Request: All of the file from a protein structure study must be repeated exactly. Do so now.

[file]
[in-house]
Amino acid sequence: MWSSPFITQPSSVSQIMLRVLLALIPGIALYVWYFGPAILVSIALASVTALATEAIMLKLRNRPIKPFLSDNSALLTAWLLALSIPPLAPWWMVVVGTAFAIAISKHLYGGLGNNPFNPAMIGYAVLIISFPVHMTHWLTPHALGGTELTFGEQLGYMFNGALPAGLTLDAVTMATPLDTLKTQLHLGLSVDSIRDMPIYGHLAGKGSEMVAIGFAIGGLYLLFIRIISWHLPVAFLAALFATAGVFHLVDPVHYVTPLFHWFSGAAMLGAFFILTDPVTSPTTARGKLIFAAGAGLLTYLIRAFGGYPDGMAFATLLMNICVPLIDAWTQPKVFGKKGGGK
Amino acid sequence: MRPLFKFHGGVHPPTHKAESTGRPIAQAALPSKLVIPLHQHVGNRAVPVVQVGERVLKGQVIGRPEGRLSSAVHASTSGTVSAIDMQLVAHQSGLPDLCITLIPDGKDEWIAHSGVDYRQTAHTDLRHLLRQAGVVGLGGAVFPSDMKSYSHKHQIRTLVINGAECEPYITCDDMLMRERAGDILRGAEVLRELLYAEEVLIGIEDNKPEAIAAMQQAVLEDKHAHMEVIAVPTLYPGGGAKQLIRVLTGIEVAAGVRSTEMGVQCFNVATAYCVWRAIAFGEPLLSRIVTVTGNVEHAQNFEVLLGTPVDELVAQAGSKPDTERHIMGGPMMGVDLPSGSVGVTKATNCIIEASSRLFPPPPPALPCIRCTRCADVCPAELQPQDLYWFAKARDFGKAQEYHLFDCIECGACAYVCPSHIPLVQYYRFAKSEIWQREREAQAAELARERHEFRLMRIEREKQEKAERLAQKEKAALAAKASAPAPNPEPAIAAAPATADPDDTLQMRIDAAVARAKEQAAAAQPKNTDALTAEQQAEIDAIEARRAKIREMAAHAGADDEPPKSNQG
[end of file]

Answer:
[in-house]
Amino acid sequence: MWSSPFITQPSSVSQIMLRVLLALIPGIALYVWYFGPAILVSIALASVTALATEAIMLKLRNRPIKPFLSDNSALLTAWLLALSIPPLAPWWMVVVGTAFAIAISKHLYGGLGNNPFNPAMIGYAVLIISFPVHMTHWLTPHALGGTELTFGEQLGYMFNGALPAGLTLDAVTMATPLDTLKTQLHLGLSVDSIRDMPIYGHLAGKGSEMVAIGFAIGGLYLLFIRIISWHLPVAFLAALFATAGVFHLVDPVHYVTPLFHWFSGAAMLGAFFILTDPVTSPTTARGKLIFAAGAGLLTYLIRAFGGYPDGMAFATLLMNICVPLIDAWTQPKVFGKKGGGK
Amino acid sequence: MRPLFKFHGGVHPPTHKAESTGRPIAQAALPSKLVIPLHQHVGNRAVPVVQVGERVLKGQVIGRPEGRLSSAVHASTSGTVSAIDMQLVAHQSGLPDLCITLIPDGKDEWIAHSGVDYRQTAHTDLRHLLRQAGVVGLGGAVFPSDMKSYSHKHQIRTLVINGAECEPYITCDDMLMRERAGDILRGAEVLRELLYAEEVLIGIEDNKPEAIAAMQQAVLEDKHAHMEVIAVPTLYPGGGAKQLIRVLTGIEVAAGVRSTEMGVQCFNVATAYCVWRAIAFGEPLLSRIVTVTGNVEHAQNFEVLLGTPVDELVAQAGSKPDTERHIMGGPMMGVDLPSGSVGVTKATNCIIEASSRLFPPPPPALPCIRCTRCADVCPAELQPQDLYWFAKARDFGKAQEYHLFDCIECGACAYVCPSHIPLVQYYRFAKSEIWQREREAQAAELARERHEFRLMRIEREKQEKAERLAQKEKAALAAKASAPAPNPEPAIAAAPATADPDDTLQMRIDAAVARAKEQAAAAQPKNTDALTAEQQAEIDAIEARRAKIREMAAHAGADDEPPKSNQG